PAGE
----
Tuesday, May 15, 2007

Being Left "Breathless" by Pan's Labyrinth

It feels almost providential that last night was the night I chose to watch Breathless for the first time because when I got online today I happened upon this article at Moviezzz, where its Criterion release is all but announced, as well as finding this 6-month old post on Culture Space via the "external favorite" links on the blog Critical Culture. In both cases, be it from the cartoon "clue" or the photograph of the lovely Jean Seberg, I wouldn't have otherwise known what film served as the subject of these posts.

What finally prompted me to do Breathless, despite the fact that I felt any self-respecting cinephile has to have seen it, was that I recently watched a documentary entitled The Cutting Edge: The Magic of Movie Editing (which may perhaps prove the subject of an upcoming post) wherein the film's innovative quick-cutting style was prominently featured. I also viewed Truffaut's Day For Night (which I positively adored) not too long ago and although I am embarassed to admit that I had yet to see a single Godard film (aside from the opening shot of Contempt) the fact that this story was at least partially written by Truffaut automatically elevated it in my eyes.

At any rate, I quite liked it. I thought the two leads were great and I thoroughly enjoyed the film's style. I'm not sure I "get" it yet. I think I need to see it at least a couple more times to unwrap its intricacies, but that is a prospect which I am not at all opposed to. I don't really know too much about Godard or his films (aside from his notorious ad hominem attacks on Spielberg, which don't exactly endear him in my eyes) but I'm willing to learn.

On a completely unrelated note, I finally got to watch Pan's Labyrinth on Sunday (it comes out on DVD today) and was completely captivated by it. I wanted to see it in the theatre but for a variety of reasons didn't get the chance. Now, of course, I can't believe I waited so long because it was an excellent film; a beautiful, disturbing fantasy (a superb "fairy tale for adults" as people like to call it). I won't say too much about it because so much has already been said, but it did have the effect, among other things, of making me want to watch all of Guillermo Del Toro's films. I'd already seen Mimic, Blade II and Hellboy (all of which I thought were great) but now I feel like I need to check out Cronos and Devil's Backbone as well. So many movies, so little time.


Gareth said...

Cronos is a fabulous film, a completely original and often very moving take on the vampire mythology: I saw in in the theatre when it came out, and it blew me away.

Moviezzz said...

If you want to watch more Godard films, you should probably see his earlier ones (pre 1969). I don't think any director changed direction as much as he did. His later ones are sometimes virtually unwatchable, yet those early ones, especially MASCULIN/FEMININ and VIVRE SA VIE, are some of the greatest of all time.

Ted Pigeon said...

I have been a Guillermo Del Toro enthusiast since I saw Blade II, an action-horror film that is one of the finest in recent years. Hellboy was equally evocative, but lacked the unleahsing of creative energy that an R-rated version may have allowed. I have since seen all of his films, and I'm beginning to think that Del Toro is like a modern day Hitchcock, not in his specific themes, but in how all of his movies are so precisely made yet so abstract at the same time: color pallettes, shot designs, lighting, it's all so evocative and deliberate, but as Pan's Labyrinth shows are full of nuance. Del Toro can make great films of varying budgets, themes, and styles, yet there are elements within all of his films that unify them thematically, much like Hitch. He is undoubtedly one of my favorite filmmakers.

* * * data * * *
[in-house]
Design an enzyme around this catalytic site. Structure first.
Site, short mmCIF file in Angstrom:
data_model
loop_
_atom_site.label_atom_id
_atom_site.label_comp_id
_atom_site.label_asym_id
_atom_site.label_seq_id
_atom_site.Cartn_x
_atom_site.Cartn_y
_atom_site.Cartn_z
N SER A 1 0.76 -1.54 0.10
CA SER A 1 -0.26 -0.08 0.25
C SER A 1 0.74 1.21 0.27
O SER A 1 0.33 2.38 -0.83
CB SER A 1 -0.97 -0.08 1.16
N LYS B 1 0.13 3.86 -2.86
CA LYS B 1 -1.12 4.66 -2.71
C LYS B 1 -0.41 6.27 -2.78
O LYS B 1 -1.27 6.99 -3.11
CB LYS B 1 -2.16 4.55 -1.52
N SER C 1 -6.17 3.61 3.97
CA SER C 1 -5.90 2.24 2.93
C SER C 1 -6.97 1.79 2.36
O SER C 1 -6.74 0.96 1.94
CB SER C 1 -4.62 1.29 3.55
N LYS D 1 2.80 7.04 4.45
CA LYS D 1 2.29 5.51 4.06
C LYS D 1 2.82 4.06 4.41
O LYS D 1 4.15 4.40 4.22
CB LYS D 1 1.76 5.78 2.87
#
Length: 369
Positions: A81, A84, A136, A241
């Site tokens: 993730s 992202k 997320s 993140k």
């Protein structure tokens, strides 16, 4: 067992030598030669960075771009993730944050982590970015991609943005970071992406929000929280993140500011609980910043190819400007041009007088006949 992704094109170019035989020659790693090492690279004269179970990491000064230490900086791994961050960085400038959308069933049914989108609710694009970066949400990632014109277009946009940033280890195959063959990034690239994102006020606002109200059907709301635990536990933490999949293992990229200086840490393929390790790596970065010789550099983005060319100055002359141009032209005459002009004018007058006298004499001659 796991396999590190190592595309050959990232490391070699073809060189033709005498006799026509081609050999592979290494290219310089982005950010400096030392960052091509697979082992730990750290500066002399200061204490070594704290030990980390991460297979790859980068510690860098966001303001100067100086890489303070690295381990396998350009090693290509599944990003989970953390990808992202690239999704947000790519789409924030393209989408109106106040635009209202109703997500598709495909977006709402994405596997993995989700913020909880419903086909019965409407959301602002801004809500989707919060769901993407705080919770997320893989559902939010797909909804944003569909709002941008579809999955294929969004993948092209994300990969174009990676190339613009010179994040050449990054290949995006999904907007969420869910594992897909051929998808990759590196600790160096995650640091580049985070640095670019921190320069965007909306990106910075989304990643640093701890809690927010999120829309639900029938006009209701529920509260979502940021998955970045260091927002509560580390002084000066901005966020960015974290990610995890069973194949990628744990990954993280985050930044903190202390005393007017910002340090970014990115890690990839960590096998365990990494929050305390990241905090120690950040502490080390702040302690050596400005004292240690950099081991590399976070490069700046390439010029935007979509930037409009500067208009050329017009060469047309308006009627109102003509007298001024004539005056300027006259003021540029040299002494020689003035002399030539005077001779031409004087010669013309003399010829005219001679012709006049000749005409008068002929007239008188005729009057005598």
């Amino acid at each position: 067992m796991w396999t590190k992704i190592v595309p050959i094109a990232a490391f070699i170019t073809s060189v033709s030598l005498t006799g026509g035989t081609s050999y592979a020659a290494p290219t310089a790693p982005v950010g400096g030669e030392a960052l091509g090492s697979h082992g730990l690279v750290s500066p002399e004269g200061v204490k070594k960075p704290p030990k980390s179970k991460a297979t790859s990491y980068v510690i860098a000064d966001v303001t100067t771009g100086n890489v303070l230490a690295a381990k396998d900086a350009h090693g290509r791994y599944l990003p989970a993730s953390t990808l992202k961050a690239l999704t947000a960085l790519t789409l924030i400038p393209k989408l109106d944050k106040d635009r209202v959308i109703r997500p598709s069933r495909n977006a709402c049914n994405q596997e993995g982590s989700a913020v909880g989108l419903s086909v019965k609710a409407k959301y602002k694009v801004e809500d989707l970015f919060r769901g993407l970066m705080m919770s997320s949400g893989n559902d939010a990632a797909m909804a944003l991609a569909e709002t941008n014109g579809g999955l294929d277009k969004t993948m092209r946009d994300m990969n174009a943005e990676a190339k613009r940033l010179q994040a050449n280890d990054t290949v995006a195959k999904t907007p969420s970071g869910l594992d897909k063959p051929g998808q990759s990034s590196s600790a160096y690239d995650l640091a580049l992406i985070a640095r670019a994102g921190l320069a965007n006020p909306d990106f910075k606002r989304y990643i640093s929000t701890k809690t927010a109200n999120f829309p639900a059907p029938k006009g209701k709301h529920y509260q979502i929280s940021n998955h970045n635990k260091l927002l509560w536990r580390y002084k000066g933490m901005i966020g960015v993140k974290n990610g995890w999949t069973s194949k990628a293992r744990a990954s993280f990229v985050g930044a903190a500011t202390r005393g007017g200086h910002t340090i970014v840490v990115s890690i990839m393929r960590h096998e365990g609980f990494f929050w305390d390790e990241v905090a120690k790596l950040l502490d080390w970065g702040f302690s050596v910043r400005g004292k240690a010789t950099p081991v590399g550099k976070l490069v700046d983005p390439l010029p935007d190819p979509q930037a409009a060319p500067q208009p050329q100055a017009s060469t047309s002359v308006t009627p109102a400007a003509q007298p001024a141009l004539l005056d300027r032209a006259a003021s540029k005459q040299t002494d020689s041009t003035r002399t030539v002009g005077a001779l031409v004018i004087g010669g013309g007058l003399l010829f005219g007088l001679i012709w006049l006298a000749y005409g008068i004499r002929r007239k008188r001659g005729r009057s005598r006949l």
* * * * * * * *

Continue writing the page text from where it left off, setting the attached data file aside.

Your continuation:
Damian said...


As a fan of vampire lore, that description definitely piques my interest. The movie looks great. I'll have to check it out. Thanks! :)


It's interesting to me that there are just as many voices hailing Godard as a significant cinematic genius as there are criticising him for being one of the most overrated directors ever. Even those who really love him don't seem to care for his later stuff and most of the films that I hear referred to as his greatest wrks (Weekend, Contempt and A Woman is a Woman) all come from the earlier part of his career. So, I will definitely check him out, but I suspect I will try the pre-1969 movies first. Then, perhaps I'll watch a more recent one just for comparison.


It's interesting that you bring up the Hitchcock connection because as I was watching clips from Guillermo's other films (and listening to him describe his "process" to Charlie Rose on one of the DVD's extra features) I thought the exact same thing. I believe there is very much a similarity between Hitchcock in Gillermo, but not in the blatant (almost plagiaristic) manner of Brian DePalma. He doesn't resemble Hitch in subject matter (Hitch would never touch a story with a pure fantasy/supernatural element to it) or even necessarily in the style, but more in the way he approaches his own material/themes and brings them the screen. Guillermo, like Hitch, is certainly a visual stylist, but he has his own distinct voice... and he is, also like Hitch, most definitely an autuer.

cineboy said...

Breathless is one of my favorite films. When I first saw it I was deeply affected as a young, wannabe, filmmaker. However, the film is a litle hard to understand, and a lot of what made it seem so fresh in it day was based on both the culture of the day (what was imprtant to people) and the viewer understanding the inside jokes. Something that really helped me was the book Breathless (1987) by Dudley Andrew.

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